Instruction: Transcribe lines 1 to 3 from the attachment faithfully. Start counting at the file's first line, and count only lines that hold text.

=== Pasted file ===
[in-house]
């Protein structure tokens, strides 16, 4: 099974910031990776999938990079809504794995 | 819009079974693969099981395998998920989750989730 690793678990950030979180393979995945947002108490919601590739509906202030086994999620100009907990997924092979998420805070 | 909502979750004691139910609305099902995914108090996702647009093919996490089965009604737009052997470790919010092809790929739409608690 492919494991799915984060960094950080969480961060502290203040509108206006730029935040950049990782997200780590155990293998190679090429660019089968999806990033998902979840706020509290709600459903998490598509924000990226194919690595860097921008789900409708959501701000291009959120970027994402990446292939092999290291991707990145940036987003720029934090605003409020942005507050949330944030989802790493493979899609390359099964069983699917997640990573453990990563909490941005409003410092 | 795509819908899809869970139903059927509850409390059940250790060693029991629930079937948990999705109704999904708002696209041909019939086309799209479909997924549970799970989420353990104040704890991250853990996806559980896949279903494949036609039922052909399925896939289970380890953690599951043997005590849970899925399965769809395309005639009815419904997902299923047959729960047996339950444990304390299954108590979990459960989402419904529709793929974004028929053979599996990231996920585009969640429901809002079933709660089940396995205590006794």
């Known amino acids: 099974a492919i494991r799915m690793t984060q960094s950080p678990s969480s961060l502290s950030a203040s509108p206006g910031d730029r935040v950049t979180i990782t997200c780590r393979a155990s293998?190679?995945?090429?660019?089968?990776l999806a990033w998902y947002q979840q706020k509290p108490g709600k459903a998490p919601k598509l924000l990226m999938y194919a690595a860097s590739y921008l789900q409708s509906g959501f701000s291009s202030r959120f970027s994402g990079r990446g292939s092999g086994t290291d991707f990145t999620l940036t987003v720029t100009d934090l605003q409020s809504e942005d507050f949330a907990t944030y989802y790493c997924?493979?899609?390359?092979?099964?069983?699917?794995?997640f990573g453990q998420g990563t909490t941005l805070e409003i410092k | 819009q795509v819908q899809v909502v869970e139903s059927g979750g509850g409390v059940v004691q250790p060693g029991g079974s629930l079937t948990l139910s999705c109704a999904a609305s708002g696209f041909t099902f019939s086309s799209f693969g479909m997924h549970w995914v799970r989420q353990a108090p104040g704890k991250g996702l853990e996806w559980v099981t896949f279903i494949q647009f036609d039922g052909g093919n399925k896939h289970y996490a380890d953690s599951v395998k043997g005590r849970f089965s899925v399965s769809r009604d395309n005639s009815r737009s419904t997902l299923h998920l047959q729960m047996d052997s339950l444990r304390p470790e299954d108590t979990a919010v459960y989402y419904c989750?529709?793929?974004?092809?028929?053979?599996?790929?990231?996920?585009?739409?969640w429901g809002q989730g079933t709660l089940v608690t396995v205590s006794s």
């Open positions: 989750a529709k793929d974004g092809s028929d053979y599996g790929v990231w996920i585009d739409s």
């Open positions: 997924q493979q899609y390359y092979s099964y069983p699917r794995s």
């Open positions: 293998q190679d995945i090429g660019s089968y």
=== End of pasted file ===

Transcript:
[in-house]
């Protein structure tokens, strides 16, 4: 099974910031990776999938990079809504794995 | 819009079974693969099981395998998920989750989730 690793678990950030979180393979995945947002108490919601590739509906202030086994999620100009907990997924092979998420805070 | 909502979750004691139910609305099902995914108090996702647009093919996490089965009604737009052997470790919010092809790929739409608690 492919494991799915984060960094950080969480961060502290203040509108206006730029935040950049990782997200780590155990293998190679090429660019089968999806990033998902979840706020509290709600459903998490598509924000990226194919690595860097921008789900409708959501701000291009959120970027994402990446292939092999290291991707990145940036987003720029934090605003409020942005507050949330944030989802790493493979899609390359099964069983699917997640990573453990990563909490941005409003410092 | 795509819908899809869970139903059927509850409390059940250790060693029991629930079937948990999705109704999904708002696209041909019939086309799209479909997924549970799970989420353990104040704890991250853990996806559980896949279903494949036609039922052909399925896939289970380890953690599951043997005590849970899925399965769809395309005639009815419904997902299923047959729960047996339950444990304390299954108590979990459960989402419904529709793929974004028929053979599996990231996920585009969640429901809002079933709660089940396995205590006794």
């Known amino acids: 099974a492919i494991r799915m690793t984060q960094s950080p678990s969480s961060l502290s950030a203040s509108p206006g910031d730029r935040v950049t979180i990782t997200c780590r393979a155990s293998?190679?995945?090429?660019?089968?990776l999806a990033w998902y947002q979840q706020k509290p108490g709600k459903a998490p919601k598509l924000l990226m999938y194919a690595a860097s590739y921008l789900q409708s509906g959501f701000s291009s202030r959120f970027s994402g990079r990446g292939s092999g086994t290291d991707f990145t999620l940036t987003v720029t100009d934090l605003q409020s809504e942005d507050f949330a907990t944030y989802y790493c997924?493979?899609?390359?092979?099964?069983?699917?794995?997640f990573g453990q998420g990563t909490t941005l805070e409003i410092k | 819009q795509v819908q899809v909502v869970e139903s059927g979750g509850g409390v059940v004691q250790p060693g029991g079974s629930l079937t948990l139910s999705c109704a999904a609305s708002g696209f041909t099902f019939s086309s799209f693969g479909m997924h549970w995914v799970r989420q353990a108090p104040g704890k991250g996702l853990e996806w559980v099981t896949f279903i494949q647009f036609d039922g052909g093919n399925k896939h289970y996490a380890d953690s599951v395998k043997g005590r849970f089965s899925v399965s769809r009604d395309n005639s009815r737009s419904t997902l299923h998920l047959q729960m047996d052997s339950l444990r304390p470790e299954d108590t979990a919010v459960y989402y419904c989750?529709?793929?974004?092809?028929?053979?599996?790929?990231?996920?585009?739409?969640w429901g809002q989730g079933t709660l089940v608690t396995v205590s006794s």